World AIDS Day on 1 December: early diagnosis increases chances of successful treatment
(Vienna, 27th November 2013) Somewhat more than 30 million people worldwide suffer from AIDS or are carriers of the HIV virus. About 400 new cases are diagnosed annually in Austria. AIDS is no respecter of age – one can be infected with the human immunodeficiency virus (HIV) at any age. "The earlier the illness is detected, the better the chances of the treatment being successful and the better the quality of life," emphasises Katharina Grabmeier-Pfistershammer of the University Department of Dermatology at the MedUni Vienna and expert at the AIDS outpatient clinic, on the occasion of the coming World AIDS Day on 1 December, which has been organised by UNAIDS since 1996.
These days AIDS is eminently treatable, those affected can practically lead a completely normal life, remain in regular employment and live to an advanced age with the assistance of effective combination therapies which can also be tailored fully to the individual. In addition to early detection, one of the most crucial factors, according to the MedUni Vienna expert, is sticking with the treatment: "It is crucial to follow the course of treatment without any gaps as far as possible. Even dropping the treatment on a short-term basis can endanger the treatment as it enables the virus to build up resistance."
Homosexuals continue to form the greatest risk group in Austria. Unprotected heterosexual intercourse, swapping needles or puncture wounds from needles are all ways the virus can be transmitted.
The earlier the risk of infection is identified the better: anyone reporting to an AIDS outpatient clinic within 48 hours after a risky exposure (unprotected sex, puncture wounds and cuts amongst risk groups), can get a prescription for a so-called post-exposure prophylaxis (PEP) after the probability of an infection has been evaluated. This means taking antiretroviral drugs prophylactically over the course of four weeks, thus considerably reducing the risk of the infection establishing itself.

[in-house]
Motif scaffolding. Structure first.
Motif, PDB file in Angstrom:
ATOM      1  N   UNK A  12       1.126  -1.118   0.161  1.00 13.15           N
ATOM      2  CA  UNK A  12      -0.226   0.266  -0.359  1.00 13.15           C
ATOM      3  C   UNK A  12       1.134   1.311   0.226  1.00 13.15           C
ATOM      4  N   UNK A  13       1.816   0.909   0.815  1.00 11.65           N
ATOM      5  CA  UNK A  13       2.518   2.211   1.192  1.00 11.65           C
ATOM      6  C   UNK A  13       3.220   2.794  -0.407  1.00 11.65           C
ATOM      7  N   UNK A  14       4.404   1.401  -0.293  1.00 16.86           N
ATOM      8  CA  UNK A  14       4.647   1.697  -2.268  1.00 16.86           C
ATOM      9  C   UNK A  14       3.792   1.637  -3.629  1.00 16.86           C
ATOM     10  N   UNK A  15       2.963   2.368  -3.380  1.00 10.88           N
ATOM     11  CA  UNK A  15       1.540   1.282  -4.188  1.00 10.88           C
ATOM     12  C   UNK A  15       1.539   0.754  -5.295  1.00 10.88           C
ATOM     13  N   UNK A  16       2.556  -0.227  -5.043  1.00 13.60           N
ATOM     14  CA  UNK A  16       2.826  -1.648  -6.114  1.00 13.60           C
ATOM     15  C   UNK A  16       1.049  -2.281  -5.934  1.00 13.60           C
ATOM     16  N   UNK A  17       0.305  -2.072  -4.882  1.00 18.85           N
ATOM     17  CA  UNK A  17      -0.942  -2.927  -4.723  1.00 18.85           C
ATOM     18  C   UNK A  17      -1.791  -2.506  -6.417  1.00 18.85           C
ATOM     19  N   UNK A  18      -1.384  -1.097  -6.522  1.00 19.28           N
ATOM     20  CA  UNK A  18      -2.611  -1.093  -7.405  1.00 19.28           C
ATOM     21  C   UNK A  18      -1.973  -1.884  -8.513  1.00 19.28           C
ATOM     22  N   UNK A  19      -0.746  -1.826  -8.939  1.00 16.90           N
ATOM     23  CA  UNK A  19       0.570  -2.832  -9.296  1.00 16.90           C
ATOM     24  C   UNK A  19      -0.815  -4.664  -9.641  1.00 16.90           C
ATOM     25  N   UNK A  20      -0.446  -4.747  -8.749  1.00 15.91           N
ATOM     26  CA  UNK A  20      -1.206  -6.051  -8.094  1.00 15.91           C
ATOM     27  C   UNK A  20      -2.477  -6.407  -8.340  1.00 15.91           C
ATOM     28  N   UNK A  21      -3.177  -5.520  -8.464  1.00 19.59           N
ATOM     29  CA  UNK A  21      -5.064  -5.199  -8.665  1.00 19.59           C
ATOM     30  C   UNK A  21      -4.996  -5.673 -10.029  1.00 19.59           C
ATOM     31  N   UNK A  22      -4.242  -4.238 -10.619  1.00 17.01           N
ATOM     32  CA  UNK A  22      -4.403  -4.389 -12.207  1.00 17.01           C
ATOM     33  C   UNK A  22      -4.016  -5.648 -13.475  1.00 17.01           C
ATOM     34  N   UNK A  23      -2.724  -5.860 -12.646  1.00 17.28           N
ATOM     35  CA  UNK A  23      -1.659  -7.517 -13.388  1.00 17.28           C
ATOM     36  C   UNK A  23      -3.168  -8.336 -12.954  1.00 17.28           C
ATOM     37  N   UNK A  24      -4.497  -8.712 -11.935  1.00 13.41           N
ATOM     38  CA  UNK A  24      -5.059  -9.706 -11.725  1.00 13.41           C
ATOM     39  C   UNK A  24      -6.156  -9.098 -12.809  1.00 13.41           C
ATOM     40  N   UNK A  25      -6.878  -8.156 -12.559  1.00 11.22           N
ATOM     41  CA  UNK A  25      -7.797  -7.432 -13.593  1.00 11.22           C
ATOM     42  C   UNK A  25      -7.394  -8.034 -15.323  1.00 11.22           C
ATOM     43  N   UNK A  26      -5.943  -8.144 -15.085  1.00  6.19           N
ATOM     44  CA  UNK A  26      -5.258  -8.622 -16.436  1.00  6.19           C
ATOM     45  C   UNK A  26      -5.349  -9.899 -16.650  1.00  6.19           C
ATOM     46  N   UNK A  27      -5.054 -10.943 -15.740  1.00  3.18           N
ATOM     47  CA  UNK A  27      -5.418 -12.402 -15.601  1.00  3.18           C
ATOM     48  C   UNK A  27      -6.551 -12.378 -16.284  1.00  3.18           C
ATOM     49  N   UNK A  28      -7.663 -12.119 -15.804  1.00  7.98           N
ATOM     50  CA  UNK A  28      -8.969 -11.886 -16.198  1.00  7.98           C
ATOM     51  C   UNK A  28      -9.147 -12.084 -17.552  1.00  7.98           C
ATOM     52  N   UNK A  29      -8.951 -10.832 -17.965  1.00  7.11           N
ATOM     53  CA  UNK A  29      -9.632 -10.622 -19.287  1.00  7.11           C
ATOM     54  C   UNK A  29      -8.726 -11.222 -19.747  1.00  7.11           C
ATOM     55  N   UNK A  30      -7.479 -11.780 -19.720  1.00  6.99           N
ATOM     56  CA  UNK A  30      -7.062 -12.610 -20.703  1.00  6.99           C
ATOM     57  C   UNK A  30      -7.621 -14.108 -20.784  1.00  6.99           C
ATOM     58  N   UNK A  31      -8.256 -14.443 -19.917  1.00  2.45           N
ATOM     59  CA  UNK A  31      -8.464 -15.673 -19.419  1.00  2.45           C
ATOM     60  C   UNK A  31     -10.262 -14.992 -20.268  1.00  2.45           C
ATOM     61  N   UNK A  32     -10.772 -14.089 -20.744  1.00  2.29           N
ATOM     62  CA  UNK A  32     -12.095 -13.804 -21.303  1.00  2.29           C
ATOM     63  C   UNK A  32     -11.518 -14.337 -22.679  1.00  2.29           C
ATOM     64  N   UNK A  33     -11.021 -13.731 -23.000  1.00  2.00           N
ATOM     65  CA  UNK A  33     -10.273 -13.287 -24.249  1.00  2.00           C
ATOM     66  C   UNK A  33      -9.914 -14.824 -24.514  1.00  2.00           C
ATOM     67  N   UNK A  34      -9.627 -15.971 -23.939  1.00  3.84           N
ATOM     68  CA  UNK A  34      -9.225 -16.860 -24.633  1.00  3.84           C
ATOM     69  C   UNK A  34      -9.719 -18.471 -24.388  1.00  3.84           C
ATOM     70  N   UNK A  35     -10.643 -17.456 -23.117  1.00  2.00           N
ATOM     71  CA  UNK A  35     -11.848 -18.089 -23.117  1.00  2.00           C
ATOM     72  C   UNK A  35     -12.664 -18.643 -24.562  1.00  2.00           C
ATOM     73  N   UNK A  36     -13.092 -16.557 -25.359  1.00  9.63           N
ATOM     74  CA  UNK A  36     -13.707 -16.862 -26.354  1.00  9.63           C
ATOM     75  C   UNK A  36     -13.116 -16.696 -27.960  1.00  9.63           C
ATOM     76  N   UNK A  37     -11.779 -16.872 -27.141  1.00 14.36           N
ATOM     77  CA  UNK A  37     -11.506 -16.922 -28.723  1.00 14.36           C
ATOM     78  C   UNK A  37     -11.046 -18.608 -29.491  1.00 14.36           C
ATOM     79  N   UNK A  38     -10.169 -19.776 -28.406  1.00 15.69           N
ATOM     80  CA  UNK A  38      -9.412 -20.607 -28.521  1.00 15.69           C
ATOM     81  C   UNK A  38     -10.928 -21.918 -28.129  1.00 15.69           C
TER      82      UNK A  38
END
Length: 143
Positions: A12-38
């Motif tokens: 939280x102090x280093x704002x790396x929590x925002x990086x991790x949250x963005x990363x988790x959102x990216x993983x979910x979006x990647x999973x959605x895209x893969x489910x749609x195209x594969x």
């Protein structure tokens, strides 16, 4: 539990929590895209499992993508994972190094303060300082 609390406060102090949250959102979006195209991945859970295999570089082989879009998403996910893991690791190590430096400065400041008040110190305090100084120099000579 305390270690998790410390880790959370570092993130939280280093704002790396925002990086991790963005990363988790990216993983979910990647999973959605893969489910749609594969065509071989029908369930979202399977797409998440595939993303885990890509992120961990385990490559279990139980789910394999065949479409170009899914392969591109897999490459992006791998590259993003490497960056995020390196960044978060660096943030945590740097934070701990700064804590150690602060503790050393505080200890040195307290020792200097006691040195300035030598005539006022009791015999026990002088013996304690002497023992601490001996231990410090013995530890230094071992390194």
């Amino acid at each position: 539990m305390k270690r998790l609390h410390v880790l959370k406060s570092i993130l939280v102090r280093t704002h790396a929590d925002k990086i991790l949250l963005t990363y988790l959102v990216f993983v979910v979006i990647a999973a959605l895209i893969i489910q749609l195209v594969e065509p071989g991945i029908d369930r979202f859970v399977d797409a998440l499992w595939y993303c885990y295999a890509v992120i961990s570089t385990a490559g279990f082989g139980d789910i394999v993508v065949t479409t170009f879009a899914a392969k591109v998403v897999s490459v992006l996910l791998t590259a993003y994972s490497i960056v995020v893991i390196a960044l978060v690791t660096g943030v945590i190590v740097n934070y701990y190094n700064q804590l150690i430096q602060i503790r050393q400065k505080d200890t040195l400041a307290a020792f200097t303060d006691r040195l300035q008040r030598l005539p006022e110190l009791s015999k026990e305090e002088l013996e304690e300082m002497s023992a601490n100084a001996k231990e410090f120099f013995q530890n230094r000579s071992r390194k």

A PEP prevents the HIV viruses, which penetrate human cells, from reproducing. Says Grabmeier-Pfistershammer: "The HIV viruses function like herpes viruses. Once you have them, you have them forever – they are however much more dangerous, reproducing themselves in the human body and weakening the immune system, which can, as a consequence, lead to the development of tumours, opportunistic infections but also cardiovascular disease.
The problem is the early detection itself as the HIV infection mostly starts as an unspecific viral infection, similar to influenza, and is also treated as such. Typical symptoms for an HIV primary infection are fever, swollen lymph nodes, sore throat and a rash. With symptoms such as these and a corresponding case history of risk, HIV should always be borne in mind. The primary infection is usually also followed by a symptom-free phase lasting for years before diseases associated with HIV/AIDS appear.
A propos HIV test: the experts at the MedUni Vienna, the AIDS inpatient department is led by Armin Rieger, in general recommend the offering of an HIV test as part of the routine check-up in Austria.